Programmers Abroad: Why Aren't You One Of Us?

DZone 's Guide to

Programmers Abroad: Why Aren't You One Of Us?

Developers can do their job from anywhere in the world and there's a demand for us in most countries. With so many benefits to it, why haven't you moved yet?

· Agile Zone ·
Free Resource

You are incredibly lucky as a developer: you can do your job from anywhere, whether that be a beach, a bar, or Brazil. Not only that, but the vast majority of developed nations have a strong demand for programmers at the moment. If you’ve never considered it then now is the time to start.

I speak from personal experience on this. Having been working in London for a few years my wife and I decided it was time to move abroad. We didn’t know where so we applied all over and ended up in Hong Kong. We both signed contracts before we’d even visited, and the words “isn’t that near Japan?” were uttered. We didn’t really know what we were doing, but it ended up being the best decision of my career.

Firstly, lets talk money. This will obviously depend on where you’re moving from and to, but personally we ended up much better off. In the UK the top tax bracket is 40%, plus there’s National Insurance, which meant that every month a very hefty chunk was taken from my pay packet. However, if you’re moving to somewhere outside of the UK or US you’re very likely to be better off. HK for example had a progressive system which averaged out at about 13% tax, and my salary was on a par with the UK. This made a big difference to our day to day life and savings. I’d honestly recommend anyone trying to save, for example to buy a house, go and do 2 years in either Dubai or HK. It’s a good shortcut.

Money isn’t everything, but fortunately the benefits keep coming. Moving abroad also provided me an opportunity to shortcut my career path. In the UK it would have been years until I was given a team of my own, but by moving I was instantly put in a team lead position. I was fortunate to be transferring internally with my firm (more on that shortly) and as I’d built trust in my home country they were more than keen to have me managing and reporting into the UK. I also found there were a lot more opportunities to make a name for myself. As our headquarters were in London we were “off the radar” which meant we could try out new ideas and tactics with less pressure, and I could create projects and initiatives with a lot less red tape. Whilst this scenario may not be applicable to everyone I’ve found it to be a common story with other people who have made the move. If your career has stagnated a bit and you’re looking for a new challenge and to move up the career ladder a bit then working outside your country is a great opportunity.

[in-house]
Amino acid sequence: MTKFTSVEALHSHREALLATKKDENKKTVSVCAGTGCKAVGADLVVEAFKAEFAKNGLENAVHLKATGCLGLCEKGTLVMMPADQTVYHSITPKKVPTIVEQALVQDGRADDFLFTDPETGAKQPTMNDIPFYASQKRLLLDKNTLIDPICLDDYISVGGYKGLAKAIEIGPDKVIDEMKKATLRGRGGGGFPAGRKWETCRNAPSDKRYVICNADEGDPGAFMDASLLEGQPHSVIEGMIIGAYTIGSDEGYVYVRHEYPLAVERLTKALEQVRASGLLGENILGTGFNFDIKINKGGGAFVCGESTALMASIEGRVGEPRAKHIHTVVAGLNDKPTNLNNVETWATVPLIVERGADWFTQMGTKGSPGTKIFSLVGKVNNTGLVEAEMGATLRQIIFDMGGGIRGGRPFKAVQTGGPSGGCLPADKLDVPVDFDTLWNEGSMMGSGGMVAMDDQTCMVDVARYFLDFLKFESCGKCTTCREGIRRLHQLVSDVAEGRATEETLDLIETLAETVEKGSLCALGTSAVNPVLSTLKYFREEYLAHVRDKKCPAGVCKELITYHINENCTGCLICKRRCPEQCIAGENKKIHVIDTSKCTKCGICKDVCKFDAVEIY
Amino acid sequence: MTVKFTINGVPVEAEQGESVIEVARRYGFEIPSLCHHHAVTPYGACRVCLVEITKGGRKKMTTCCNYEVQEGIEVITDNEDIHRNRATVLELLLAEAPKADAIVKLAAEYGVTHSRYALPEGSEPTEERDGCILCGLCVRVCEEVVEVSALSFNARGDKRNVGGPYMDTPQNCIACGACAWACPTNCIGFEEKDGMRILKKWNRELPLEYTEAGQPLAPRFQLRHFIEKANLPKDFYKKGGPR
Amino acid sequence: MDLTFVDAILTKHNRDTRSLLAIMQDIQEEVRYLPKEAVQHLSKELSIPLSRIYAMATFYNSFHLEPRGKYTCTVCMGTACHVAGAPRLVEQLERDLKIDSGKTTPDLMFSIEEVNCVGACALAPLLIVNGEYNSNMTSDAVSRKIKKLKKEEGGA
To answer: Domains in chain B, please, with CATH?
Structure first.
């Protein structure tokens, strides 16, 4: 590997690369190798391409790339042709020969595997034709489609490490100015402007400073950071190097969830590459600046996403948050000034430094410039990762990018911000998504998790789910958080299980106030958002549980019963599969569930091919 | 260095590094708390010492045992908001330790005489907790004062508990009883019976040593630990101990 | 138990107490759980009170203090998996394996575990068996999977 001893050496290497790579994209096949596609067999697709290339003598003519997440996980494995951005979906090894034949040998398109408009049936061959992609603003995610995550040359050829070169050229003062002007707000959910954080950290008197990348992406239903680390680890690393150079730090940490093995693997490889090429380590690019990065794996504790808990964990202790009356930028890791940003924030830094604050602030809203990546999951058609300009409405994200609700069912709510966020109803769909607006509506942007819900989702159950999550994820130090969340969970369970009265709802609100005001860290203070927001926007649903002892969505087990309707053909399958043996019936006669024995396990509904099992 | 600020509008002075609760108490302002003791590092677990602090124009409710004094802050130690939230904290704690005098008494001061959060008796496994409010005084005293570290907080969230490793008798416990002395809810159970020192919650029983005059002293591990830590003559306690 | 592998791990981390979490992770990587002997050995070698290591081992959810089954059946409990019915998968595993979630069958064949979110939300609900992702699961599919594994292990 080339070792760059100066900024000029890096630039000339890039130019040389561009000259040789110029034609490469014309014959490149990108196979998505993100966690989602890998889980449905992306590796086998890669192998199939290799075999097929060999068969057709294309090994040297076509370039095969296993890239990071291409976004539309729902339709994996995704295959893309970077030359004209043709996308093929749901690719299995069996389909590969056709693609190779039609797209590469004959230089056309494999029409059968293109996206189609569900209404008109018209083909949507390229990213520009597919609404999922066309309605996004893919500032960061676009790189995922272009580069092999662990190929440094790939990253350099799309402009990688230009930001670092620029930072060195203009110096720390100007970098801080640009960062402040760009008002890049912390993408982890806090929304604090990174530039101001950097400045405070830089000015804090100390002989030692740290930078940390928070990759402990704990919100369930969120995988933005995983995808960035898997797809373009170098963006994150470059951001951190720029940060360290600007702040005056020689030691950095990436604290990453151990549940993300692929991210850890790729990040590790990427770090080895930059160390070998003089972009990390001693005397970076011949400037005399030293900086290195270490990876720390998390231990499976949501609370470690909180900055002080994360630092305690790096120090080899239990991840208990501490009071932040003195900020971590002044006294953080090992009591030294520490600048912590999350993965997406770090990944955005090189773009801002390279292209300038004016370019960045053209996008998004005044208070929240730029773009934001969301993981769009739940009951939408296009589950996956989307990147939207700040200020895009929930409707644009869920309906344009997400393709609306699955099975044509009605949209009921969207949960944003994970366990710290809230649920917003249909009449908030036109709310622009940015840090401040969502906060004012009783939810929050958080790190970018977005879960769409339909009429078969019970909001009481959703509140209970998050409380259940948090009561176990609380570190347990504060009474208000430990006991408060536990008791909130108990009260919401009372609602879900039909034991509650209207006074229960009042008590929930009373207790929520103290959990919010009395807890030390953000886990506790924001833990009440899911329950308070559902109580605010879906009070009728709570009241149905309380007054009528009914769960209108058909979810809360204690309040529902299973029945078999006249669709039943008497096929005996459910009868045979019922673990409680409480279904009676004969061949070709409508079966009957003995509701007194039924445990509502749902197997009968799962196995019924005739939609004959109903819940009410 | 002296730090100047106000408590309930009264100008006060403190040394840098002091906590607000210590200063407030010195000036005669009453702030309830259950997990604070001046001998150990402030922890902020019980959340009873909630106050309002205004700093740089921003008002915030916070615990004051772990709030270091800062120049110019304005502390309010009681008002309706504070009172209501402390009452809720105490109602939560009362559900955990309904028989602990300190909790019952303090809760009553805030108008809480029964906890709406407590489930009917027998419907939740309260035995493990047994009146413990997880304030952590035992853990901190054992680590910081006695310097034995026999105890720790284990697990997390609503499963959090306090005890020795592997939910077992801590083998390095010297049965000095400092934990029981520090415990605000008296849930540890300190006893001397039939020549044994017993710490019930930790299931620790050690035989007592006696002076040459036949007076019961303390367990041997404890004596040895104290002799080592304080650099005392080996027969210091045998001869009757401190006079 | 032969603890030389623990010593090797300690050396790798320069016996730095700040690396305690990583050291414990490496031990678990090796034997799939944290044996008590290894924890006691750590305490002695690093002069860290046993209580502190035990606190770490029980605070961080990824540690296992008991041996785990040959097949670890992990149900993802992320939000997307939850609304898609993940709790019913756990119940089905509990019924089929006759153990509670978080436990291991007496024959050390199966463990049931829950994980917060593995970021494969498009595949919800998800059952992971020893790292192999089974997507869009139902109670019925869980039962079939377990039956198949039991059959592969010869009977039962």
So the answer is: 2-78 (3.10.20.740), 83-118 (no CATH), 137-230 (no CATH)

I believe that spending a stint abroad is also pivotally important for cultural integration. If you’re part of any global team then I’m sure you’ll understand that it can be incredibly difficult crossing cultural barriers. I know that both our offices had strong opinions on each other which are often unjustified and rooted purely in the fact that it’s very hard to build relationships over Skype and chat, and it’s impossible to understand a culture from thousands of kilometers away. I credit my time abroad as making me much more tolerant and world aware, which I think is pivotally important as the internet has removed many global barriers.

Both of these features combine to make me much more employable going forward. Particularly if you’re someone who is looking to move into a management career, having experience working and managing abroad is a key item on your CV to increase your chance of getting those roles.

If you’re interested but are nervous about the idea of moving so far away, I can’t encourage you enough to give it a shot. If it all goes wrong then it’s easy to reverse the move, but that happens very rarely. Any big city will have a strong expat community to provide support and a supermarket with food from home. I advise you choose wisely and go for somewhere with nice weather and a good airport; HK was wonderful for visiting all of SE Asia. With Bangkok 2 hours away it was doable in a weekend. Where are you heading this weekend?

This is much easier if you’re in a company which has a foreign office. If they do, just get your boss and ask him to move. Normally firms will jump at the chance to get someone they trust working in a remote place to manage things and keep an eye on it. If you’re working for a firm that only has local offices, then head to LinkedIn and try and find a recruiter in your desired area. They are always happy to answer questions about expected salary, taxes and visas. Another good way to find is to head to Twitter and search for “<city> Java” (or whatever language you want) as a great way to find people you can have a conversation with on any concerns quickly.

There’s always the DIY method. As companies are realising it’s impossible for everyone to move to San Francisco (and US Visa law remains ridiculous) there’s been a boom of remote work jobs. Stack Overflow Careers has a specific filter for them and is a great source of jobs, and We Work Remotely from 57signals fills a similar hole. If you’ve got a remote work job you can do it from anywhere (visa permitting). Why not go and do 3 months in Berlin? Then go and spend some time on a beach in Thailand (where your living costs will be minuscule).

career, career advice, developer career

Opinions expressed by DZone contributors are their own.

{{ parent.title || parent.header.title}}

{{ parent.tldr }}

{{ parent.urlSource.name }}